As for millennia Spirituality, both in the East and in the West, has been lived away from normal life and all its temptations, in secluded collective places like monasteries and ashrams, or in solitary refuges like caves and mountain-tops, we have all grown with the (usually unconscious) belief that to be an authentic spiritual person one must wear a certain recognizable costume with certain other outer marks of one’s belonging to a certain spiritual group or tradition. Or one must be seen meditating at regular times or doing rituals and other practices that are supposed to be the only outer activities a spiritual person must have: activities that are supposed to be ‘holy’, in opposition to all the other ones that are supposed not to be holy and so are supposed to be shunned.
In India – especially rural India, still more steeped in traditions – one has almost constantly around the sight of some orange-clad saddhu or sannyasin, wandering from place to place, having taken vows of poverty etc like many of the Western monks or nuns still do as well.
Sri Aurobindo and the Mother, working for the further evolution of humanity, have recommended a different point of view, in which it is life itself in its entirety that must be lived inwardly as holy, and this, in a way not necessarily recognizable as such by the other human beings watching one’s actions. One example of that different, more invisible way of living for the Divine is well known in the Indian history: it is King Janaka, famous precisely for having been that unique example of such an unusually secret spiritual achievement.
Well, this is the way of the Future.
Here is what Sri Aurobindo explained about this in a few of his ‘Thoughts and Aphorisms’:
103 – Vivekananda, exalting Sannyasa, has said that in all Indian history there is only one Janaka. Not so, for Janaka is not the name of a single individual, but a dynasty of self-ruling kings and the triumph-cry of an ideal.
104 – In all the lakhs [hundreds of thousands] of ochre-clad Sannyasins, how many are perfect? It is the few attainments and the many approximations that justify an ideal.
105 – There have been hundreds of perfect Sannyasins, because Sannyasa has been preached and numerously practised; let it be the same with the ideal freedom and we shall have hundreds of Janakas.
106 – Sannyasa has a formal garb and outer tokens; therefore men think they can easily recognize it; but the freedom of a Janaka does not proclaim itself and it wears the garb of the world, to its presence even Narada was blind.
107 – Hard it is to be in the world, free, yet living the life of ordinary men; but because it is hard, therefore it must be attempted and accomplished.
108 – When he watched the actions of Janaka, even Narada the divine sage thought him a luxurious wordling and libertine. Unless thou canst see the soul, how shalt thou say that a man is free or bound?
281 – Purity is in thy soul; but for actions, where is their purity or impurity?
344 – Be always vigilant against thy human proneness to persecute or ignore the reality even while thou art worshipping its semblance or token. Not human wickedness but human fallibility is the opportunity of Evil.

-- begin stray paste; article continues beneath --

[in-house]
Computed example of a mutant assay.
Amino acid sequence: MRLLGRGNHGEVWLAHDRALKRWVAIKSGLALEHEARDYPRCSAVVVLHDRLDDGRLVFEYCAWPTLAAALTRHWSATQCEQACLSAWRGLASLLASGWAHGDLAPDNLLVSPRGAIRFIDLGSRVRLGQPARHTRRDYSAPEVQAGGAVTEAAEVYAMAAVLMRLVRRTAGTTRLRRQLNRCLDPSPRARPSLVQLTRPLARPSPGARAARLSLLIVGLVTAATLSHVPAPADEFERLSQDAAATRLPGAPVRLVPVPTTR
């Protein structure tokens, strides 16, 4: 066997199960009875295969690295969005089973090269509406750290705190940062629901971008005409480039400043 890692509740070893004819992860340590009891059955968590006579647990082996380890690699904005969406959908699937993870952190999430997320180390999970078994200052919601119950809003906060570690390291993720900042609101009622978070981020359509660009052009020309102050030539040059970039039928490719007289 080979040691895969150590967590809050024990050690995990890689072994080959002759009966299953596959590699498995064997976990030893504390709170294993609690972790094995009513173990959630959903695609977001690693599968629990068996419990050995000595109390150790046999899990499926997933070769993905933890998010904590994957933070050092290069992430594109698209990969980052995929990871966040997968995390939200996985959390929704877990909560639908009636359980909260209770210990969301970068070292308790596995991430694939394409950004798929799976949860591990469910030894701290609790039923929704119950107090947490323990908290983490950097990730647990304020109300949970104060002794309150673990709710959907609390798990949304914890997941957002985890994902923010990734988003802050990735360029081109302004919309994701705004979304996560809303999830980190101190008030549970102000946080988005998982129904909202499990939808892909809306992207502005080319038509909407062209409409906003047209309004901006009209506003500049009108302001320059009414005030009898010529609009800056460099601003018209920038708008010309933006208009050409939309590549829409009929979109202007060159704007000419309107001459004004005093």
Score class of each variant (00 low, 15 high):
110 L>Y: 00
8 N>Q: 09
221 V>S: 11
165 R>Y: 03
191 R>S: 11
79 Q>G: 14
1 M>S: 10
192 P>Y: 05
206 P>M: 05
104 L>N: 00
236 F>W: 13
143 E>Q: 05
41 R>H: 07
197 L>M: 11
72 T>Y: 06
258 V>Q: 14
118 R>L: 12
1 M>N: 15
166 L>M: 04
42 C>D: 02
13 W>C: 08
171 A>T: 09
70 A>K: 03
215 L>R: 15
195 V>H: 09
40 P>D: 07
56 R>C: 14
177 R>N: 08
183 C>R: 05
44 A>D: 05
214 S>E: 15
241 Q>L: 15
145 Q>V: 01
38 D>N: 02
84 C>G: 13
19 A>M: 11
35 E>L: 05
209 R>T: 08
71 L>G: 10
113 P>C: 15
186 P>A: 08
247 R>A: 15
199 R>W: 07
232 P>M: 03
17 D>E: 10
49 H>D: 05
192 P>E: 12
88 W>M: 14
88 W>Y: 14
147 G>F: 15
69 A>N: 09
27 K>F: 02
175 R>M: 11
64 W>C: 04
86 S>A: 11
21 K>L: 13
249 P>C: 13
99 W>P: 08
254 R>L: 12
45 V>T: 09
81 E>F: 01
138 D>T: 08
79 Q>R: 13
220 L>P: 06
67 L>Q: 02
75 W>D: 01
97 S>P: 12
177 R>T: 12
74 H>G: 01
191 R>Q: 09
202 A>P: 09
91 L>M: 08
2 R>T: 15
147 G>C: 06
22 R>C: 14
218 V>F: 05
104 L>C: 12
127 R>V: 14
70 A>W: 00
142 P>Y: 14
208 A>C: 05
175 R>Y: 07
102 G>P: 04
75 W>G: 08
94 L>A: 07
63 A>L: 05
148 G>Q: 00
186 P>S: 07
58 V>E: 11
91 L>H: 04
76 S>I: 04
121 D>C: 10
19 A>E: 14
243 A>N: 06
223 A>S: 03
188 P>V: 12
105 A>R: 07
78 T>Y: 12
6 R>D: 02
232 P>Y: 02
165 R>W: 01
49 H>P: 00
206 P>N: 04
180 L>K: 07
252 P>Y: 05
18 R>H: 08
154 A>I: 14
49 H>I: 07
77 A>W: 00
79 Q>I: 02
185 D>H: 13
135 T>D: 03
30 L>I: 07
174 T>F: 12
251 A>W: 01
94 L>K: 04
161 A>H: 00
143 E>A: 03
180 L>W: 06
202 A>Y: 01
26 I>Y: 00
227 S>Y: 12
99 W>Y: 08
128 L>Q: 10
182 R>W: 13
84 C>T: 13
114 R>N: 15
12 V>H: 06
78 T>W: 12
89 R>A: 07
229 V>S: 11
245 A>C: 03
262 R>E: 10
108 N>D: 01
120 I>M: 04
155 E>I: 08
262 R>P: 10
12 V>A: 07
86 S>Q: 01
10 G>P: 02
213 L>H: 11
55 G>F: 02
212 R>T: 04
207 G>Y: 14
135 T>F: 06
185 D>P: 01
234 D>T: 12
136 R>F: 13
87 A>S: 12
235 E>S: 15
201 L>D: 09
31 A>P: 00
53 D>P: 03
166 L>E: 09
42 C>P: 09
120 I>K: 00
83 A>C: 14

345 – Honour the garb of the ascetic, but look also at the wearer, lest hypocrisy occupy the holy places and inward saintliness become a legend.
After lifetimes upon lifetimes here or there as a monk or nun – or sannyasi – of some religion or another, I reject for myself all external signs of spirituality and leave it for my life in itself to express my dedication to the Divine in me and everything else. When I meet people who still feel the need of wearing special robes or beads around their neck or marks on their forehead to proclaim whatever path they are following, far from being impressed, I feel that those people haven’t yet realized how unnecessary all this is, and even imprisoning for their soul, as sheer remnants of the religious mentality.
Still, as long as they themselves feel the need of such things, it’s fine with me, I will not reject them for that… unless they try to pull me back also into the same kind of outdated behavior, sometimes even in the name of Sri Aurobindo and the Mother, when on the contrary the Mother too insisted, just like Sri Aurobindo, on the luminous fact that “True Spirituality is simple, very simple.”
How much do I love them for stating that utterly liberating fact so plainly, and for stating also this other utterly important fact, that ideally, each of us, being unique as an individual, shouldn’t be moulded by general rules, but should develop step after step our own way of Yoga, our own particular path towards our Divine Realization and, if such is our individual choice, towards our subsequent Divine Transformation here on this Terrestrial Plane where the present Adventure of Evolution is happening. Human Unity is not going to happen, as our mind tends to believe, through Uniformity, but on the contrary through our very Diversity in expressing something of the Divine.
As far as I am concerned, I hope it is clear from the contents of this blog of mine, that my own choice is not to be again a Sannyasin in one form or the other, but to become rather a King Janaka, adding through my own life to that ‘dynasty of self-ruling kings ‘ and to the gradual triumph of that ideal Sri Aurobindo saw as the one leading to the total spiritual freedom needed for the Life Divine upon Earth.